Office of Responsible Research Practices
The Ohio State University

Guidance for the Preparation of an Animal Use Protocol

The following guidance is offered to assist you in completing an Animal Use Protocol (AUP).

If you experience problems, or have questions, please use the resources available to you, including the IACUC support staff or ULAR protocol consultant.

Technical Problems or General Information:
IACUC Office
Anthony Yonkura:  292-4494 or

Protocol Content or Setup Questions:
ULAR Protocol Consultant
Angela Phillips:  292-3633 or

Part 1: The Protocol Form
Part 2: Answering Questions During Review

Part 1: The Protocol Form

Protocol Identification
When selecting the “Academic Unit”, you are selecting the endorsers in your department that will be viewing your protocol during the pre-review process.

Rationale for Using Animals
In this section, the IACUC is looking for you to discuss why alternatives to live animal cannot be used.  For example:  Describe why computer models, tissue culture, or perhaps clinical studies cannot be used to complete the objectives of your Protocol Aims.  Simply stating that you need live animals is not an appropriate response.

Protocol Groups
In this section, you are creating the “breakdown” of your animals.  The groups you create in this section will also be used in upcoming sections (such as Protocol Activities and Justification for Number of Animals Requested).

Each species must be in a separate protocol group. Animals of the same species that undergo different protocol activities (procedures) should be in separate protocol groups. However, when there are different experimental groups (in the same species) that will undergo essentially the same activities, they may be combined in a single protocol group.

Assign a short, descriptive title to each protocol group. It should be easy for the reader to relate the protocol groups to the number of animals requested in the Justification for Numbers section. If protocol groups are actually comprised of several experimental groups, simply identify these within the Activity Timeline. These same experimental groups may be referenced again in the Justification for Numbers section to support the total number of animals requested under the (larger) single protocol group.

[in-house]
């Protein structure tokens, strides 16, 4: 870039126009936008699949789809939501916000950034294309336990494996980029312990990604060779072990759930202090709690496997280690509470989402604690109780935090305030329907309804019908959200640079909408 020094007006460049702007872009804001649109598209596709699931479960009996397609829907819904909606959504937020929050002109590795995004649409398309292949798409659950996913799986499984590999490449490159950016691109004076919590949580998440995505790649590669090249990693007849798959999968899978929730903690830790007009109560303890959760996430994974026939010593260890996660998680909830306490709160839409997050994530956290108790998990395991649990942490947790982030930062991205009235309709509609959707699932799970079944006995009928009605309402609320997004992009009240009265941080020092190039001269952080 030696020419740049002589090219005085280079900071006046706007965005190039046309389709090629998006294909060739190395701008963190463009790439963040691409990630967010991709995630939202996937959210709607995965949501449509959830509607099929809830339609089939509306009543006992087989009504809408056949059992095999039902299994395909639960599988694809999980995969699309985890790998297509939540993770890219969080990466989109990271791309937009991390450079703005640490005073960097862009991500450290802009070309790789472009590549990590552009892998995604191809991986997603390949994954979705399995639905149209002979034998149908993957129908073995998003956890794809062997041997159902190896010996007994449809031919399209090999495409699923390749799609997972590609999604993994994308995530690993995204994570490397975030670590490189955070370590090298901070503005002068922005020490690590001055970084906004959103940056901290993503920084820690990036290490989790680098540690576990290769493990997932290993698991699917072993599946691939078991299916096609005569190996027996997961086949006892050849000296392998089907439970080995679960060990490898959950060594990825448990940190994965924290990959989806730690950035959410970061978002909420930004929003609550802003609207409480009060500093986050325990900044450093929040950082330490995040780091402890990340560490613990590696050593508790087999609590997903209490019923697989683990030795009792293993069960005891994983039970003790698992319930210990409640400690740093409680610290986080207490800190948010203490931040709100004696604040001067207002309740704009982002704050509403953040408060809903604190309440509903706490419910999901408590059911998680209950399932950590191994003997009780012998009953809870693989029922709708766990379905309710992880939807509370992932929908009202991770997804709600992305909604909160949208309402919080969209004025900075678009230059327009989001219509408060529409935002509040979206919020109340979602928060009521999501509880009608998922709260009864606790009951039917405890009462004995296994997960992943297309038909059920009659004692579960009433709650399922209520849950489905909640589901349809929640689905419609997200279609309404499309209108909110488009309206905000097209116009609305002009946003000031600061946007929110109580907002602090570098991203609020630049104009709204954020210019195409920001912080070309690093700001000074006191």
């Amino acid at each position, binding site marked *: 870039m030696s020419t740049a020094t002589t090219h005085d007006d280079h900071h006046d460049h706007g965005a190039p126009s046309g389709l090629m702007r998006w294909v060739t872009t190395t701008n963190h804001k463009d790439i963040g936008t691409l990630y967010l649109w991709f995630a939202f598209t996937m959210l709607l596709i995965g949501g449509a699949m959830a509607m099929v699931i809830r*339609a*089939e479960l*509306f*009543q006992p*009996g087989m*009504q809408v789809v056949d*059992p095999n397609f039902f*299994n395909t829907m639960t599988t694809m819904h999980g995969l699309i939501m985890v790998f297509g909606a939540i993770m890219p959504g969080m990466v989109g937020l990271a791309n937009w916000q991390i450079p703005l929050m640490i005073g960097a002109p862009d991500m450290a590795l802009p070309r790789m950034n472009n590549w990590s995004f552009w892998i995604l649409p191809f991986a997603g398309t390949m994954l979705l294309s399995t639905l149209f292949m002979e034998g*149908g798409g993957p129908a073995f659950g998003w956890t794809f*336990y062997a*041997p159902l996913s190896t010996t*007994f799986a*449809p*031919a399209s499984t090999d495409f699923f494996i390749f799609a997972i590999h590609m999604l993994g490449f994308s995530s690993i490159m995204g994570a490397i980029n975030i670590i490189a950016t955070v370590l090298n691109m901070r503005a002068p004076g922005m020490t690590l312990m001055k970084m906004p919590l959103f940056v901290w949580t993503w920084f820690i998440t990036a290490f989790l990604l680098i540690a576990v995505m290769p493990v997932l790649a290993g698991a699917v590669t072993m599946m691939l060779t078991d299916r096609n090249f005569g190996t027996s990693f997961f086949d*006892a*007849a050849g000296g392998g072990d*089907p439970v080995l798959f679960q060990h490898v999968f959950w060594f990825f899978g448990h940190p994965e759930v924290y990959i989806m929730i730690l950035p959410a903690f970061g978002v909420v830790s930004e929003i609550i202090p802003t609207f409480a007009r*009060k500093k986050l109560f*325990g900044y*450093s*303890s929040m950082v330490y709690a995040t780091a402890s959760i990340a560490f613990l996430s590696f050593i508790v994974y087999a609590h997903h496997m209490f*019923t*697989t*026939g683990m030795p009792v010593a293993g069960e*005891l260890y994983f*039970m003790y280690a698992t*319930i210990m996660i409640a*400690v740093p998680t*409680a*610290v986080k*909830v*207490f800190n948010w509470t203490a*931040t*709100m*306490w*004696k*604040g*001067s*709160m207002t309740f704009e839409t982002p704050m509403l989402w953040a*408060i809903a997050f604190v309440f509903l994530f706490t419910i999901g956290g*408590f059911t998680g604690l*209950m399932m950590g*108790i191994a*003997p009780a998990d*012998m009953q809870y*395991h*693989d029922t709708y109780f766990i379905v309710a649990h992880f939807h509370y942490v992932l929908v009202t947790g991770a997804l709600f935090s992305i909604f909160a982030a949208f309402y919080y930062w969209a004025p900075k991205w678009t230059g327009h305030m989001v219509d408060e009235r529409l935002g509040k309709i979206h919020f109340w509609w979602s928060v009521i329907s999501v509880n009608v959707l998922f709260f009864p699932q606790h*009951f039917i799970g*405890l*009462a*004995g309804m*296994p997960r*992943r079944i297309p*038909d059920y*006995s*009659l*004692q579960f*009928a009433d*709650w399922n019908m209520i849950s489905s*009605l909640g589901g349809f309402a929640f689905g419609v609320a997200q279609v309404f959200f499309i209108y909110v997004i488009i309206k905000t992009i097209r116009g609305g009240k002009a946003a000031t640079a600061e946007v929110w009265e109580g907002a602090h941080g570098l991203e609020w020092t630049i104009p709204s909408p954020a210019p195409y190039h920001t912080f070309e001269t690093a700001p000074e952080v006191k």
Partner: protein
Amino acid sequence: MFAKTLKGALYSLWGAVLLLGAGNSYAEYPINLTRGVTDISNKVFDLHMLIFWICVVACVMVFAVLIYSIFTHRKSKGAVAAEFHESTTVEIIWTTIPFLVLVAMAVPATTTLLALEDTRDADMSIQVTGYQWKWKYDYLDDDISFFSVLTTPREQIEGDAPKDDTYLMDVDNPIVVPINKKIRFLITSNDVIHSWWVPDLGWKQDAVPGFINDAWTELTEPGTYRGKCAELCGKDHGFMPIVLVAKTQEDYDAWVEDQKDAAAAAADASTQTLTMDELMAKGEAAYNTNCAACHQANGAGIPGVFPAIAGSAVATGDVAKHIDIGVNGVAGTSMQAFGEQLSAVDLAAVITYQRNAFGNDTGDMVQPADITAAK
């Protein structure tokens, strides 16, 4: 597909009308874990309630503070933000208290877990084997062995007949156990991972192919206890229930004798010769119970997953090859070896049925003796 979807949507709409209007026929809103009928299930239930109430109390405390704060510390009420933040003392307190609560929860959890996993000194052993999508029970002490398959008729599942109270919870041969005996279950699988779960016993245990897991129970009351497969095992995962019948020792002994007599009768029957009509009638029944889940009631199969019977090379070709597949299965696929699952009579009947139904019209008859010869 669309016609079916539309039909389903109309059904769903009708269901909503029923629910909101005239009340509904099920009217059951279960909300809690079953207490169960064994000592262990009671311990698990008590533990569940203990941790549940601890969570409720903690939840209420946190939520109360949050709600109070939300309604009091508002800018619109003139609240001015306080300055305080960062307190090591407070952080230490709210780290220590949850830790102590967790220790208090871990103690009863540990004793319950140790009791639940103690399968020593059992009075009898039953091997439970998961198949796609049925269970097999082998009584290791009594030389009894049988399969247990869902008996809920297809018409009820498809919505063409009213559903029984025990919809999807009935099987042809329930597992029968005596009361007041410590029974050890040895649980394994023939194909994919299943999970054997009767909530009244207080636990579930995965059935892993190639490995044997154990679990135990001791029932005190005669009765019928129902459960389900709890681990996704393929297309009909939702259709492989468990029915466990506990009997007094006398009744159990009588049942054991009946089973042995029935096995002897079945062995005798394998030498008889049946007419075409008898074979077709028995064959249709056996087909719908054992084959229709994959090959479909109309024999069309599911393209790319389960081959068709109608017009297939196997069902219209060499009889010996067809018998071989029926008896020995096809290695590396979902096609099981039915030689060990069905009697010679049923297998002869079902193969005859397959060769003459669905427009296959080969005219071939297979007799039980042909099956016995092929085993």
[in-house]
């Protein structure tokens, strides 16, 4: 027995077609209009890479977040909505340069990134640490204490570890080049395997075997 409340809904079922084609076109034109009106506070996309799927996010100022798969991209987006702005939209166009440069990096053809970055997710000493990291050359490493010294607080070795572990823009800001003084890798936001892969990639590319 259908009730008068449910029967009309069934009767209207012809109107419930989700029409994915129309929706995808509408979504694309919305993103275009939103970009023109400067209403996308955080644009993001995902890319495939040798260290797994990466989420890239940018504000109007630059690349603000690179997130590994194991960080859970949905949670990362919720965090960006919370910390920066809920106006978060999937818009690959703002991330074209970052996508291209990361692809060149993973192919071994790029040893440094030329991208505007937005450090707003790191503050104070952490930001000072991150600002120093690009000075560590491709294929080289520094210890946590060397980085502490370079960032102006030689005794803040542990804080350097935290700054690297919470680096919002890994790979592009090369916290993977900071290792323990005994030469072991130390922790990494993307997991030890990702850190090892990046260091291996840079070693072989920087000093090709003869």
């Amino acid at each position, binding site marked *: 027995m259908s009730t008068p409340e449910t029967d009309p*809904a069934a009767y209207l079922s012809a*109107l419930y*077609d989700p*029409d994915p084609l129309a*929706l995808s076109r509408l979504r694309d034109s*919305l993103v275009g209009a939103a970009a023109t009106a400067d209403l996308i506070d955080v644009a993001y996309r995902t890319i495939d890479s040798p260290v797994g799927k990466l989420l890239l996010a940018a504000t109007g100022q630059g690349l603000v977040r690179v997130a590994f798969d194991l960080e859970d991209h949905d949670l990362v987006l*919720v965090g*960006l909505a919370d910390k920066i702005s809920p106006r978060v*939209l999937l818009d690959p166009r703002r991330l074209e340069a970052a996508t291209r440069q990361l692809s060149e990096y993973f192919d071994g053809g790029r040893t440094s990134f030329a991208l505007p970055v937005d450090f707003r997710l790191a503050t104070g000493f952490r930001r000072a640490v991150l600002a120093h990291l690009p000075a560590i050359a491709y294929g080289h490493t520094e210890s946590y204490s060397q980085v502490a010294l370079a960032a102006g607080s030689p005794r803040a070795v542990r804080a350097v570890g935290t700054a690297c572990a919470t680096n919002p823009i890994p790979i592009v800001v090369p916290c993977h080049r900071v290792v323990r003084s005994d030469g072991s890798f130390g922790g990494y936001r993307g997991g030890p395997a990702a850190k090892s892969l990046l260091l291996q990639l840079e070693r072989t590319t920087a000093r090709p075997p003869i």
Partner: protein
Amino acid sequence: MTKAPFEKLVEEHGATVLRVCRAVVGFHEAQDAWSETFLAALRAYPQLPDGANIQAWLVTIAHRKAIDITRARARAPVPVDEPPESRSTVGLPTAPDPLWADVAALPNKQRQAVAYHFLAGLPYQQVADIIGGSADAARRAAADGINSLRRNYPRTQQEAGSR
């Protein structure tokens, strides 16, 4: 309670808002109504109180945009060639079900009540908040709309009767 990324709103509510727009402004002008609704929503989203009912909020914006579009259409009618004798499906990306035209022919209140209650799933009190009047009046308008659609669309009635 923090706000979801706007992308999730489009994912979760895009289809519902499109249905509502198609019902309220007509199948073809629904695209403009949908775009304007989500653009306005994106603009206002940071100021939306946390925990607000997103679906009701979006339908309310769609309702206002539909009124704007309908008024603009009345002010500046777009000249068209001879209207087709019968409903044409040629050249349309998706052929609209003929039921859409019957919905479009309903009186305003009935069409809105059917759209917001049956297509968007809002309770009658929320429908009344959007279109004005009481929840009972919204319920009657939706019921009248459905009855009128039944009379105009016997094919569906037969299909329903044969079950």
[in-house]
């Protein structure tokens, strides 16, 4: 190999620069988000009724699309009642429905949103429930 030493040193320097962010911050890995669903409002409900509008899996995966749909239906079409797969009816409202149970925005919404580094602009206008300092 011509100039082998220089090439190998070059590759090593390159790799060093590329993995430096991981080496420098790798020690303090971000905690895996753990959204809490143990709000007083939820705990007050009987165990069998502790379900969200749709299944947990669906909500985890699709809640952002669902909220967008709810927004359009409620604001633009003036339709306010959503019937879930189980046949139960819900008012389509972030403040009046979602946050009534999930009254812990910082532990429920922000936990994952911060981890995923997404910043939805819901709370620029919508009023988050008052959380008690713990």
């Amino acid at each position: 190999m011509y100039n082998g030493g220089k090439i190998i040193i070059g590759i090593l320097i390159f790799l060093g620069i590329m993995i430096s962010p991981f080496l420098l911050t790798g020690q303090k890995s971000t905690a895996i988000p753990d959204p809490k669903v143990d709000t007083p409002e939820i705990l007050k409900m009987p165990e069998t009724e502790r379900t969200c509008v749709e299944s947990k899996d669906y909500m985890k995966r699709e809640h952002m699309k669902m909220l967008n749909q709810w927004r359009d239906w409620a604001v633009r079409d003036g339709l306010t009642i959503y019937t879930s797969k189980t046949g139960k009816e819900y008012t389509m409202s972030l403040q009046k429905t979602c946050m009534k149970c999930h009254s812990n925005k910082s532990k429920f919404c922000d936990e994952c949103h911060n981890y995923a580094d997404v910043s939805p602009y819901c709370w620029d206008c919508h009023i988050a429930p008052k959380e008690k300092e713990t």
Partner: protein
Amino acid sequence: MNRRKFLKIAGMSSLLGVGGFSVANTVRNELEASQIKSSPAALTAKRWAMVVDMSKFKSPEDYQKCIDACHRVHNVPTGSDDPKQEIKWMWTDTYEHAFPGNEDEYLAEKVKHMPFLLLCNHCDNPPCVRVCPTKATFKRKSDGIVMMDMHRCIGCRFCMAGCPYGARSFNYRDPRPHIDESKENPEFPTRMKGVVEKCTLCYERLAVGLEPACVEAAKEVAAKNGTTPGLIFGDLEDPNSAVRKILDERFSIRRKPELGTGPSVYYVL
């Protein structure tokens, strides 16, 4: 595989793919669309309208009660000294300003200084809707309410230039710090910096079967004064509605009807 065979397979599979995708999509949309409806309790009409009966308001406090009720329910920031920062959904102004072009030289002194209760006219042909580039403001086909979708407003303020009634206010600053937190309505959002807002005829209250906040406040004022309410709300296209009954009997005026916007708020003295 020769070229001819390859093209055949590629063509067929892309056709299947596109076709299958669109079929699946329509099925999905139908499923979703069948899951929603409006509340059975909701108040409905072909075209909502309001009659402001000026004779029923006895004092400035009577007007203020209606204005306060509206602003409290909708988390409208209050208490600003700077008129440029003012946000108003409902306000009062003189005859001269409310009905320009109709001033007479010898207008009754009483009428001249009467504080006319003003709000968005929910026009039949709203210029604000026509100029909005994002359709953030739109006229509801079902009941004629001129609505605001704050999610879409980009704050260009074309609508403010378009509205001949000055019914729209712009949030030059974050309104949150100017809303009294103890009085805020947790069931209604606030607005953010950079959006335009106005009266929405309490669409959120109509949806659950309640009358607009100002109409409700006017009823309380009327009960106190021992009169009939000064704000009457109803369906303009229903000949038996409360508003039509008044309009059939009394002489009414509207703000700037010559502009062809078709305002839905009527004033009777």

Try to minimize the number of groups you create.  This will help simplify the completion of upcoming sections.

Animal Sources
If “Obtained Internally: Breeding” is selected for a particular group, then a number must be present in the breeding portion of the upcoming section “Justification for Number of Animals Requested” (for that group).

If “Obtained Internally: Breeding” and any other source is selected for the same group, then a number must be present in both the breeding portion and the non-breeding portion of the upcoming section “Justification for Number of Animals Requested” (for that group).

Housing Locations
If non-ULAR housing is being requested, please visit the IACUC Guideline Housing Requirements for Animals for more information.

Activity Timeline
In this section, the Committee is looking for a sequential order for when protocol activities are taking place.  The Timeline is designed to indicate what protocol activities will happen, and when, to each group of animals.  For each group, you should include the series of treatments to be carried out starting with arrival/enrollment in the study, to final disposition. Do not include a detailed description of the procedures.  This information will be collected in the protocol activities section.

Along with the sequence of activities, the Committee is also looking for the time between each procedure and if procedures are to be repeated.  Example:  For chronic experiments, include how long animals will survive following a procedure as well as their final disposition.

The endpoint for all experiments needs to be clearly defined.  If death (without intervention) is being used as an endpoint, then the Committee expects a scientific justification to be included in this section explaining why this endpoint is needed.

Protocol Activities
The protocol you submit is a “stand alone” document.Do not refer to procedures in other protocols or publications or assume that they are so generally used that everyone will know what you will do.Select they type of Protocol Activity that best describes the procedure that is to be performed. Provide procedure descriptions in each of the Activities. Use the IACUC Guideline links that are provided for descriptions of commonly used procedures.  This section should correlate with what you included in Activity Timeline.